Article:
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You’d have thought, from the fuss I was putting up about nerves before my presentation at NPC2010 on Monday, that it was the first time I’d ever been called on to speak in front of an audience. Well, it wasn’t – not quite! The Rising Stars/Fellows roundtable at the SLA conference in New Orleans came first.

The roundtable was the first time I’d spoken in front of a LIS audience, without being the deliverer of specific training. To put it bluntly, it was the first time anyone had ever listened to me speak about what I thought. Gosh, I’m glad I didn’t think of it like that before the event! I’d have been paralysed by terror. As it was, I was pretty nervous. But it was a different kind of nervous than the presentation nervous at the New Profs Conf, for a totally different kind of event.

The roundtable was organised by Webb Shaw of J J Keller, who sponsor the Rising Star awards (nb – the webpage hasn’t been updated yet. If you want more info about this year’s class of Stars, see this video). Webb did a fantastic job of organising the event – firstly, he organised it! as anyone who’s tried to get librarians/info pros all moving in the same direction – across continents and timezones, no less – will know, that’s a pretty good feat.

Webb also gave us a list of topics to choose from, and then paired up Stars and Fellows to discuss each topic. This, may I say, might just have been a stroke of genius! I was paired with the lovely Dee Magnoni to discuss how we proactively deliver information to our users. Not only was the topic one on which Dee and I had very different, but complimentary experiences, but I knew that if I completely broke down, went silent, went mad, Dee would be there to calmly pick up the pieces of my dignity, and save the show. I’d love to say that I didn’t need her to, but…

…At one point during the questions to the panel at the end of the session, I signalled for the microphone, got it, and promptly forgot everything. Not only did I forget what I’d planned to say, I forgot my fellow panelists names and – pretty much – how to speak at all. I spluttered, Dee hugged me, laughed and said ‘it’s ok!’. I got back on track. I simply can’t describe how important that reassurance was. Much like Adrienne smiling at me throughout my NPC2010 presentation, it was a vital human touch that reminded me that librarians are nice people. Generally.

If you were at the roundtable, you’d remember that quote, which was greeted with gales of laughter, and which may haunt Amy for years to come. Oh yes, there was a lot of laughter! all through the panel. From Jill’s strict rules on the propriety of handwritten thankyou notes, right through to the rousing birthday song for James (my word! can’t Libby just *sing!*), the panel was *fun*. An excellent positive experience to kick-start my speaking career ๐Ÿ™‚

view of the SLA 2010 stars/fellows roundtable

all 10 roundtablers - and Webb. Note the 3 laptops...

Unlike Chris, Amy, and James, I didn’t manage to tweet from the roundtable! While I meticulously – some might say obsessively – tweeted the other sessions I attended, I’d never dreamed of tweeting while I was on stage. But it seemed to work well – if that’s how you engage with a session, why should it be any different when you’re sat on a panel waiting your turn, than when you’re in the audience? I’m not sure I’d recommend it for all events – if people can’t cope with the audience tweeting, how on earth would they react to the presenters or panel doing so?

For straight-forward presenting, I like Ned’s idea of using FutureTweets to schedule tweets relevant to his blogging workshop. I think that’s a good way to engage with more than one audience – especially, perhaps, if you know your audience is unlikely to be tweeting, or if you have links that you’d like to share. But I don’t think this concept would work for a panel discussion, where you don’t know what your fellows are going to discuss in advance. Hey, if you’re anything like me, you might not know what you’re going to discuss in advance…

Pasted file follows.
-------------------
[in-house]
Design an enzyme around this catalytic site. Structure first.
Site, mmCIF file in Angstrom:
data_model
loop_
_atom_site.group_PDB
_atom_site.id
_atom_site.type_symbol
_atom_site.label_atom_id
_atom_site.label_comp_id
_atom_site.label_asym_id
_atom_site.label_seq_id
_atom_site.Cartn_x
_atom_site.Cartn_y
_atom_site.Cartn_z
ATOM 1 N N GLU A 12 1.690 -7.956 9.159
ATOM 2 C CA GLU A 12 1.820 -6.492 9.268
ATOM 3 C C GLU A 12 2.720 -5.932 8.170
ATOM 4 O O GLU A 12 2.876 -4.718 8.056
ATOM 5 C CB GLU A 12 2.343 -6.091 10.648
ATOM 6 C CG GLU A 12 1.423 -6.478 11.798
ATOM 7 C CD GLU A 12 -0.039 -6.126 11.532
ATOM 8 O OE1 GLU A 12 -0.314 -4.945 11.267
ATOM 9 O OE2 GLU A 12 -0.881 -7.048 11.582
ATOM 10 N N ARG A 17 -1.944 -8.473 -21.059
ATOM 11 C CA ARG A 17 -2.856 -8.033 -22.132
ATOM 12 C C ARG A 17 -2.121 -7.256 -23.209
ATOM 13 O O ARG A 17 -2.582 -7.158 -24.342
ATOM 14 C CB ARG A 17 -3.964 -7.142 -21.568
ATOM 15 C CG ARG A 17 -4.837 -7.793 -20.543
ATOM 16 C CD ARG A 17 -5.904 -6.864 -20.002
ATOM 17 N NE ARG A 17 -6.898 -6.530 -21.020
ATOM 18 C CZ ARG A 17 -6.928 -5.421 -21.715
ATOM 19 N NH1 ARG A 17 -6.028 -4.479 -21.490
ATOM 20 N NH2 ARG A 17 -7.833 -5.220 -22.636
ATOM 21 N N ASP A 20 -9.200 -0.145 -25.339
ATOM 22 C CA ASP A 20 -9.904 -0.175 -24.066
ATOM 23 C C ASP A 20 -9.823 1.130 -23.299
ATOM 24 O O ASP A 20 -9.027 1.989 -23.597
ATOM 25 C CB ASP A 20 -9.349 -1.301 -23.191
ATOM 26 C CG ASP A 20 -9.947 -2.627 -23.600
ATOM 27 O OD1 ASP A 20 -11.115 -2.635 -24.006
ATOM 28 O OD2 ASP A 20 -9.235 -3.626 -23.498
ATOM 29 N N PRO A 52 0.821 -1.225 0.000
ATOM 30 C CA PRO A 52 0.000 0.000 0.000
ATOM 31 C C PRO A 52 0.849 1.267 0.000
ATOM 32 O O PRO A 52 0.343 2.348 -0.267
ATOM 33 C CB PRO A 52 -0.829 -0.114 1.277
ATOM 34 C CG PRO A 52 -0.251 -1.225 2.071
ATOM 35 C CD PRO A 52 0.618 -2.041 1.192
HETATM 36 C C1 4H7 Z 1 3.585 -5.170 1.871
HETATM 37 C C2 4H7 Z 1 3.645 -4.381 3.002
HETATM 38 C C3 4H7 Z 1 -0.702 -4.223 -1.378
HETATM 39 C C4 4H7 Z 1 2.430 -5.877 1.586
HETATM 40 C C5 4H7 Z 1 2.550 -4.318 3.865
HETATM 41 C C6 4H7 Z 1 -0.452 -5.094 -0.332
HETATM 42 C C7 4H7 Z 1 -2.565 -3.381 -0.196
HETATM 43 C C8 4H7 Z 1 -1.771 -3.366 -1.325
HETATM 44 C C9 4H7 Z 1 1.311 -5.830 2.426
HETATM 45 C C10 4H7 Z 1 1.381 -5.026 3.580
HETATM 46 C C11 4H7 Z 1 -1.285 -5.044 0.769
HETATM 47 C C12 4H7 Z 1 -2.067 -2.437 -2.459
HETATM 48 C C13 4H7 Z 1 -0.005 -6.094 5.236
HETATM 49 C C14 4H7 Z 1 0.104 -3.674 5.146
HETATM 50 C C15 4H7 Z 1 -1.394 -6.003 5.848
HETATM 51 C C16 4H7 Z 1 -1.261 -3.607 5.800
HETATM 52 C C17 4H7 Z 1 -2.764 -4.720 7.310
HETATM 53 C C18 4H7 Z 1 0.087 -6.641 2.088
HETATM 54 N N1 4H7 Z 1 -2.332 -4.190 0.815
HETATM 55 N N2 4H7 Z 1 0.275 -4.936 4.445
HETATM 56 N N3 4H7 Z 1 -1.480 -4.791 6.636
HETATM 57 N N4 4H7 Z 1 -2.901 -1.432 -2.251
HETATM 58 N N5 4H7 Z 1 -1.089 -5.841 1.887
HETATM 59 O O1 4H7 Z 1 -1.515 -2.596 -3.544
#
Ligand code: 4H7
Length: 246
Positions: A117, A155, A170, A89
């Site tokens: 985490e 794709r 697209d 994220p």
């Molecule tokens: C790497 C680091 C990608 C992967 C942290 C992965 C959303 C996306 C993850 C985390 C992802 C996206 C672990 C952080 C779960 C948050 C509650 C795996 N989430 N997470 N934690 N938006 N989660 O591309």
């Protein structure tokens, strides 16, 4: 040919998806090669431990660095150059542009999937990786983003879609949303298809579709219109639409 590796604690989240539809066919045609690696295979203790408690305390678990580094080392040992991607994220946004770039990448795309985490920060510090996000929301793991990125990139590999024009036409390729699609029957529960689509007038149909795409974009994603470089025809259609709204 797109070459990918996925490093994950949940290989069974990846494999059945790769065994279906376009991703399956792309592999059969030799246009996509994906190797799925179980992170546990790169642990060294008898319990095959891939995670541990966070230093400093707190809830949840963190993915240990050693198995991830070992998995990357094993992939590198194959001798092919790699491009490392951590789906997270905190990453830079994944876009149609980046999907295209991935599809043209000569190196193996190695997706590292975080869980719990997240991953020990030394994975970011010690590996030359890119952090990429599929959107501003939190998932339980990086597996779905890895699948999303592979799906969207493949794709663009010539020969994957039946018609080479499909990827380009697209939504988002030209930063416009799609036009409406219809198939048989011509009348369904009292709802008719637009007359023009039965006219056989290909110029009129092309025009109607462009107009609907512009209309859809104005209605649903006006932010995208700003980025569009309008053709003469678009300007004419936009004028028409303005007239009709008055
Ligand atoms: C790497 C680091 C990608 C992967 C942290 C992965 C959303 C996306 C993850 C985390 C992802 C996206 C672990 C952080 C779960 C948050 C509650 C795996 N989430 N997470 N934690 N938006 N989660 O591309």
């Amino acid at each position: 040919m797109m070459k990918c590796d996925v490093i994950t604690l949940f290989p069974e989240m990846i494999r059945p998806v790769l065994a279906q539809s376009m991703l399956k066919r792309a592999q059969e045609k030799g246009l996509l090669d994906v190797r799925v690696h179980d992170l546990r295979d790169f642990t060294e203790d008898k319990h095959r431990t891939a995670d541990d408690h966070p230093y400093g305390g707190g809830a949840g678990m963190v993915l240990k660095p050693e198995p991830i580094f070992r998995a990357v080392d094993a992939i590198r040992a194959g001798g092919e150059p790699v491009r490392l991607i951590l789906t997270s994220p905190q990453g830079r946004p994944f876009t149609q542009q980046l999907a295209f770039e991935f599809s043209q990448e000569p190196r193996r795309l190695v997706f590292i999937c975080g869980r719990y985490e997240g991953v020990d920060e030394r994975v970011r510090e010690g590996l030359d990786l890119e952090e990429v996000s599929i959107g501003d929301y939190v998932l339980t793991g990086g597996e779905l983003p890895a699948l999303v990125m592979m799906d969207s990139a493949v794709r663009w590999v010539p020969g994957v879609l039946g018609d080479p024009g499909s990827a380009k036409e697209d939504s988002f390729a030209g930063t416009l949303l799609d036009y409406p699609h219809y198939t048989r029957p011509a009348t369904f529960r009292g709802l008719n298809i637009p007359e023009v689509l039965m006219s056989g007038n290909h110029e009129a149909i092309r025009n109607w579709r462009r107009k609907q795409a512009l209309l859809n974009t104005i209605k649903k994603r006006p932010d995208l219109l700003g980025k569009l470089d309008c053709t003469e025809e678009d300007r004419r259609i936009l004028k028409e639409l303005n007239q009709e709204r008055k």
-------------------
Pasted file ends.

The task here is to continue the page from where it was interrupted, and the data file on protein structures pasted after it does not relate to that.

So, two very different speaking appearances at two very different conferences. Do I have the bug? Am I trawling through list-servs, looking for other conferences I can submit papers to? No(t yet). I think I’ll always be more comfortable communicating in writing, but I do now see that speaking can be pretty darn good fun too!

I have a confession to make: I really, really enjoyed the New Professionals Conference yesterday. There were a few nervous moments about my presentation and my Twitter workshop, but overall? had a whale of a time! It was fantastic to see so many people – some completely new, some known from Twitter, some met before – and hear some brilliant presentations. (I say ‘some’, not because the presentations weren’t all brilliant, but because I didn’t get to see them all.) And you know something else? SLA2010 was pretty darn ace too. Thoroughly enjoyed it. And I’m really looking forward to the SLA Europe Summer Soiree tomorrow.

‘Hmm’, I hear you say, ‘not exactly the juiciest of confessions. You went to some good conferences and enjoyed them. Do you have very little on your conscience? Are you not supposed to have fun?’

Well, it’s not so much ‘not supposed to’ as ‘didn’t really expect to’. Surprised now? Hopefully, you hadn’t noticed that I tend strongly towards ‘shy’, and that face-to-face networking has been, at times, quite excruciatingly painful for me. I have a tendency to be rather of the Groby Lington persuasion:

He was a good-natured, kindly dispositioned man, and in theory he was delighted to pay periodical visits to the wife and children of his dead brother William; in practice, he infinitely preferred the comfort and seclusion of his own house and garden, and the companionship of his books and his parrot

Or, to put it in the words of someone I met at SLA2010, when discussing how various people engage with the association ‘I guess some people just don’t like coming out from behind their desks, and meeting people in the real world’. ‘That’s me!’ I thought. ‘That’s true!’ I said. Of course I didn’t tell her that I felt like that. I haven’t told anyone. Until now.